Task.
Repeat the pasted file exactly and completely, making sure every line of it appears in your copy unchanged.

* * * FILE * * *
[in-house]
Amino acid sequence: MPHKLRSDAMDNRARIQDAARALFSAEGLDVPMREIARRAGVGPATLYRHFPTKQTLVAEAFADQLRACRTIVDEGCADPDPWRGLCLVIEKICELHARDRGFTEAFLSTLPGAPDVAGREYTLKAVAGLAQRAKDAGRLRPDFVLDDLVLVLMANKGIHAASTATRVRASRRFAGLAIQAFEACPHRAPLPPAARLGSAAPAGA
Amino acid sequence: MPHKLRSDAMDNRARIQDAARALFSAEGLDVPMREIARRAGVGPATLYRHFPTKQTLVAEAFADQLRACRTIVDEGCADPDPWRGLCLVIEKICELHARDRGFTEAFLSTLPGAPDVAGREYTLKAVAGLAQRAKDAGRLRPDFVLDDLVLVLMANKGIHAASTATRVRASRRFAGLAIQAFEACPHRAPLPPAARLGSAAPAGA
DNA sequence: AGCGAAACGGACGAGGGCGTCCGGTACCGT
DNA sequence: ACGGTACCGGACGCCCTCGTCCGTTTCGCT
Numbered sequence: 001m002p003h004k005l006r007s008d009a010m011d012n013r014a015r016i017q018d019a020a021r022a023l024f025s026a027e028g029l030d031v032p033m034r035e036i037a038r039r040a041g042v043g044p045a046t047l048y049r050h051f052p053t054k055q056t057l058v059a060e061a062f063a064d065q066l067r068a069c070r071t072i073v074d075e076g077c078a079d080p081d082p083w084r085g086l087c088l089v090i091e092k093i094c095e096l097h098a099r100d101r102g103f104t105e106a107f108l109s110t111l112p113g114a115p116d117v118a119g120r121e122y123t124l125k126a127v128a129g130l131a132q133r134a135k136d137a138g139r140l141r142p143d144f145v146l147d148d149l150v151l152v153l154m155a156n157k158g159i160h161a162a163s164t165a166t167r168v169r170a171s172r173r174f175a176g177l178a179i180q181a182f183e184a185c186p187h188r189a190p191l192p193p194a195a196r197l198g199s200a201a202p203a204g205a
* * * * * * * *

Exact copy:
[in-house]
Amino acid sequence: MPHKLRSDAMDNRARIQDAARALFSAEGLDVPMREIARRAGVGPATLYRHFPTKQTLVAEAFADQLRACRTIVDEGCADPDPWRGLCLVIEKICELHARDRGFTEAFLSTLPGAPDVAGREYTLKAVAGLAQRAKDAGRLRPDFVLDDLVLVLMANKGIHAASTATRVRASRRFAGLAIQAFEACPHRAPLPPAARLGSAAPAGA
Amino acid sequence: MPHKLRSDAMDNRARIQDAARALFSAEGLDVPMREIARRAGVGPATLYRHFPTKQTLVAEAFADQLRACRTIVDEGCADPDPWRGLCLVIEKICELHARDRGFTEAFLSTLPGAPDVAGREYTLKAVAGLAQRAKDAGRLRPDFVLDDLVLVLMANKGIHAASTATRVRASRRFAGLAIQAFEACPHRAPLPPAARLGSAAPAGA
DNA sequence: AGCGAAACGGACGAGGGCGTCCGGTACCGT
DNA sequence: ACGGTACCGGACGCCCTCGTCCGTTTCGCT
Numbered sequence: 001m002p003h004k005l006r007s008d009a010m011d012n013r014a015r016i017q018d019a020a021r022a023l024f025s026a027e028g029l030d031v032p033m034r035e036i037a038r039r040a041g042v043g044p045a046t047l048y049r050h051f052p053t054k055q056t057l058v059a060e061a062f063a064d065q066l067r068a069c070r071t072i073v074d075e076g077c078a079d080p081d082p083w084r085g086l087c088l089v090i091e092k093i094c095e096l097h098a099r100d101r102g103f104t105e106a107f108l109s110t111l112p113g114a115p116d117v118a119g120r121e122y123t124l125k126a127v128a129g130l131a132q133r134a135k136d137a138g139r140l141r142p143d144f145v146l147d148d149l150v151l152v153l154m155a156n157k158g159i160h161a162a163s164t165a166t167r168v169r170a171s172r173r174f175a176g177l178a179i180q181a182f183e184a185c186p187h188r189a190p191l192p193p194a195a196r197l198g199s200a201a202p203a204g205a